As a freshman, Ivy Wanta ’17, now a physics major and co-chair of mentoring for Undergraduate Women in Science at Yale, hoped to see more women sitting in her classes.

“It was all about visibility,” she said. “I just wanted to see other women doing science. I wanted to know they exist.”

This Saturday, students and faculty gathered in Evans Hall at the School of Management to discuss gender imbalances at the University. Throughout the day, conversations focused on the lack of women in the sciences.

According to students and faculty interviewed, a lack of female majors in STEM fields often discourages incoming women from pursuing studies in those fields.

“You can’t be what you can’t see,” Director of the Center for American Women and Politics at Rutgers University Deborah Walsh said Saturday afternoon, repeating a phrase echoed throughout the conference.

Since 2008, twice as many male applied math majors have graduated than female applied math majors.

This disparity seems to be paralleled throughout STEM.

According to the Office of Institutional Research, the biological and physical science majors had 217 men, but only 150 women in 2013-14. Of these 150 female students, almost half of them majored in biology. Computer science had a particularly wide gender gap, with only four female majors out of 44 computer science majors last year.

STEM disciplines are not the only departments with few female students, President of Vassar College Catharine Hill GRD ’85, who is a member of the Yale Corporation, said during Saturday’s conference. Hill explained that there is also a large gender gap in economics.

Over the past six years, 678 male economics majors have graduated from Yale, compared to only 340 female majors.

And while Yale’s gender imbalance in undergraduate majors is lower than national averages, the University has been slow to improve.

Women made up 29 percent of engineering majors in 1978, when 37 percent of Yale students were women. Today, women are equally represented on campus, but only make up 37 percent of engineering majors.

Of 10 STEM students surveyed, seven said they often consider the gender make-up of their major.

“[The gender gap] is evident in the sense that you see there are less women,” Wanta said. “I do think about it a lot.”

Major choices can have large socioeconomic consequences, Director and Research Professor of the Georgetown University Center on Education Anthony Carnevale said. Carnevale added that women tend to concentrate in majors that correlate to less lucrative careers.

Even though STEM jobs only make up 8 percent of the total workforce, Carnevale said that those positions get the vast majority of the attention because many powerful industries rely on professionals educated in STEM.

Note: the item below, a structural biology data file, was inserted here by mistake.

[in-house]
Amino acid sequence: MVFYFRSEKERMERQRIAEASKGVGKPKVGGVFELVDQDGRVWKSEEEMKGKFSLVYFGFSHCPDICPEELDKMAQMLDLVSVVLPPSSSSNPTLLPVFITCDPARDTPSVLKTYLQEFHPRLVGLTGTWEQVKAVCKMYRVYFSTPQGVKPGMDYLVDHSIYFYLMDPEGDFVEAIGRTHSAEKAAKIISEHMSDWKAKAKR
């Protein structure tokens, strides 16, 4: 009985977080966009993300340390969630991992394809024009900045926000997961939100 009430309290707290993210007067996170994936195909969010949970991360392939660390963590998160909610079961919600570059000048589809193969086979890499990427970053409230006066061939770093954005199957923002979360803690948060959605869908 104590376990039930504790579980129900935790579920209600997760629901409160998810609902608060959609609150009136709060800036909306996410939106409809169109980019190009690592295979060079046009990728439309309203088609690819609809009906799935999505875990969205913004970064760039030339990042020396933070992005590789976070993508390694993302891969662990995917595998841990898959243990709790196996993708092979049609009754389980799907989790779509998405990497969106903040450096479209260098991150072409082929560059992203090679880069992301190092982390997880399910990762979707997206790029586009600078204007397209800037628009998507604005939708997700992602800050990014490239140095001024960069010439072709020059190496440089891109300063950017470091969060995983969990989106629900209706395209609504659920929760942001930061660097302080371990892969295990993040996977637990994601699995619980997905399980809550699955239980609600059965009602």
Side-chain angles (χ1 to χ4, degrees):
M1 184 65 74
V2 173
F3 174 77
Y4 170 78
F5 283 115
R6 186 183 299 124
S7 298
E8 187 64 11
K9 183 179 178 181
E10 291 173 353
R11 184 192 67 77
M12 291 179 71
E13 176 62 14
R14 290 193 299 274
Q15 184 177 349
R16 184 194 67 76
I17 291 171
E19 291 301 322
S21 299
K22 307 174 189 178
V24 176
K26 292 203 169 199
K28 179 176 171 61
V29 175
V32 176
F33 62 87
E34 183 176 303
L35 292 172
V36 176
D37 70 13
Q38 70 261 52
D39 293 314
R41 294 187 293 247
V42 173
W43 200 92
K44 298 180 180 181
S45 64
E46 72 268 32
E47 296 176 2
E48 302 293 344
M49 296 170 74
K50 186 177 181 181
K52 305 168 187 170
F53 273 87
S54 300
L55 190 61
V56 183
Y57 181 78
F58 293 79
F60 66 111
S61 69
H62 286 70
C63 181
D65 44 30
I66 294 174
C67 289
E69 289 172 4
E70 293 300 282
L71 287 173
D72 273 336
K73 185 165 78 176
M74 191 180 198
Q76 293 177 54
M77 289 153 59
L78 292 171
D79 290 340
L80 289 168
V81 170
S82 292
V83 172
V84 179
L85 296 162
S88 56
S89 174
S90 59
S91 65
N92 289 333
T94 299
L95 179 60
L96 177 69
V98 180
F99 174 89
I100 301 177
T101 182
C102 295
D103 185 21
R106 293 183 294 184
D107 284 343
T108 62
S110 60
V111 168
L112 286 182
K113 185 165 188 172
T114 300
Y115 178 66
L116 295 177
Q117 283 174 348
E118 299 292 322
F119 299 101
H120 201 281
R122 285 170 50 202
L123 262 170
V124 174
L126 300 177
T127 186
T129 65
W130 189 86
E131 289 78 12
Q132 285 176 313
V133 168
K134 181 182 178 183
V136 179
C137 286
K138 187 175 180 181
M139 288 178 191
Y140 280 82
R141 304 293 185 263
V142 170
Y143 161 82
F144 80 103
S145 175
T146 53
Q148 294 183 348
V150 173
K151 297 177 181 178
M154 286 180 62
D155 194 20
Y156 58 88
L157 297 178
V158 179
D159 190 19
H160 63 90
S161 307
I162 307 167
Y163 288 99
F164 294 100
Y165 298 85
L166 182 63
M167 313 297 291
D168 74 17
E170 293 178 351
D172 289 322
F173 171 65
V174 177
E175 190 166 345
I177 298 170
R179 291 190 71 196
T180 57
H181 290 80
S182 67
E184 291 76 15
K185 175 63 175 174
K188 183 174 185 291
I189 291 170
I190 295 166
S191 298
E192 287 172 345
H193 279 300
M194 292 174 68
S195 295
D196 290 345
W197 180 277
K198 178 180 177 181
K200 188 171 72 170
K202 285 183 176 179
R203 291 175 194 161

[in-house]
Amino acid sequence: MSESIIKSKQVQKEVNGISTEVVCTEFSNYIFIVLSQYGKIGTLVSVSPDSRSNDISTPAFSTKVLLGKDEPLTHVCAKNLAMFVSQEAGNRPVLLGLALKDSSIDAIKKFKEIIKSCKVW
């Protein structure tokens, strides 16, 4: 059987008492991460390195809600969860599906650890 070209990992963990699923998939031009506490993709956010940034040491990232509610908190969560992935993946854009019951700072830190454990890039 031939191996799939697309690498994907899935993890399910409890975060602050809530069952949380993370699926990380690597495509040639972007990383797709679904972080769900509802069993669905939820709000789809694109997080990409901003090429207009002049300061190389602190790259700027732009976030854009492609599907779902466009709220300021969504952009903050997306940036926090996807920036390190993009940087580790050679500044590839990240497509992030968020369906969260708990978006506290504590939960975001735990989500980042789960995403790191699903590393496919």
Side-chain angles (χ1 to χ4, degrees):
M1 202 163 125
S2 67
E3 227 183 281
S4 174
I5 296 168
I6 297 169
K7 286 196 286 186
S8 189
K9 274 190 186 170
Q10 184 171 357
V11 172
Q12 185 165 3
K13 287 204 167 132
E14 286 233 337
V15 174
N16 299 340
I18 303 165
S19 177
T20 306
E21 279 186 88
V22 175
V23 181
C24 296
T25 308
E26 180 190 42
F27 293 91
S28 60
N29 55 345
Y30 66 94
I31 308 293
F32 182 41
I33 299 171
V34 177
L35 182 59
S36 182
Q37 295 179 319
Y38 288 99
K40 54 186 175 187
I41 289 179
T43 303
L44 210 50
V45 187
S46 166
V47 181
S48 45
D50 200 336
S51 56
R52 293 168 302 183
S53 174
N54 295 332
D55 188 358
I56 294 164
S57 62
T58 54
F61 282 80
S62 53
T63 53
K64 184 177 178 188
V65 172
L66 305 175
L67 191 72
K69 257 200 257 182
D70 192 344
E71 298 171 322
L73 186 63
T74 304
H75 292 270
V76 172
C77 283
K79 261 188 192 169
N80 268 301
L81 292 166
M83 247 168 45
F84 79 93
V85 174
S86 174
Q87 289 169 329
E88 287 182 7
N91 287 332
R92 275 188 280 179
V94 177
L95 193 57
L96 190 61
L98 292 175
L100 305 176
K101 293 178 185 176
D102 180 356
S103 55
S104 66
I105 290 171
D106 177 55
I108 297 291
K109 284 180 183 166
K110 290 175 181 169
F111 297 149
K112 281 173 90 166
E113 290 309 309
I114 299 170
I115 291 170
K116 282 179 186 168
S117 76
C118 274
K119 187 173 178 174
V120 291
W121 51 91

According to the White House Council on Women and Girls, women who work in STEM earn 33 percent more on average compared to their non-STEM peers.

But, according to experts and faculty interviewed, majors are not only determined by individual choice. Majors with wide gender-gaps can deter women from pursuing studies in those fields, students said.

However, Carnevale said that gender gaps at the university level are rooted in cultural phenomena that students are exposed to well before matriculating to a university.

“By the time students get to college, their values are formed.” Carnevale said. “[Colleges] are the capstone to the education system — they’re 18 years too late.”

Still, the University is attempting to increase women’s participation in STEM.

Provost Benjamin Polak, also an economics profesor, said on Saturday that increasing the number of summer research projects would encourage more women to study economics. But, he added that this process has been “way too slow.”

Other efforts to recruit more women and minorities to the sciences at Yale include the Science, Technology and Research Scholars program, which involves students in STEM research early in their college careers.

Gender disparities might also be reduced by Yale’s general effort to recruit highly qualified STEM high school seniors. As Yale’s STEM community grows, there are hopes that more women will be recruited into these majors.

Alumni interviewed agreed, saying that a gender-balanced student body attracts more women.

Both Amy Armitage SOM ’86 and Nancy Alexander ’79 SOM ’84 said that they applied to Yale’s School of Management because its student body was evenly split between men and women.

In the meantime, however, women are still underrepresented in STEM majors in Yale College.

Because of the lack of women in STEM, Wanta said she feels like she is representing all female physics students at the University.

Wanta said as a result, there is sense of guilt associated with leaving a STEM major as a woman.

“If I were to stop doing physics, or switch to the non-intensive major, I would be another statistic,” she said. “There is truth to that.”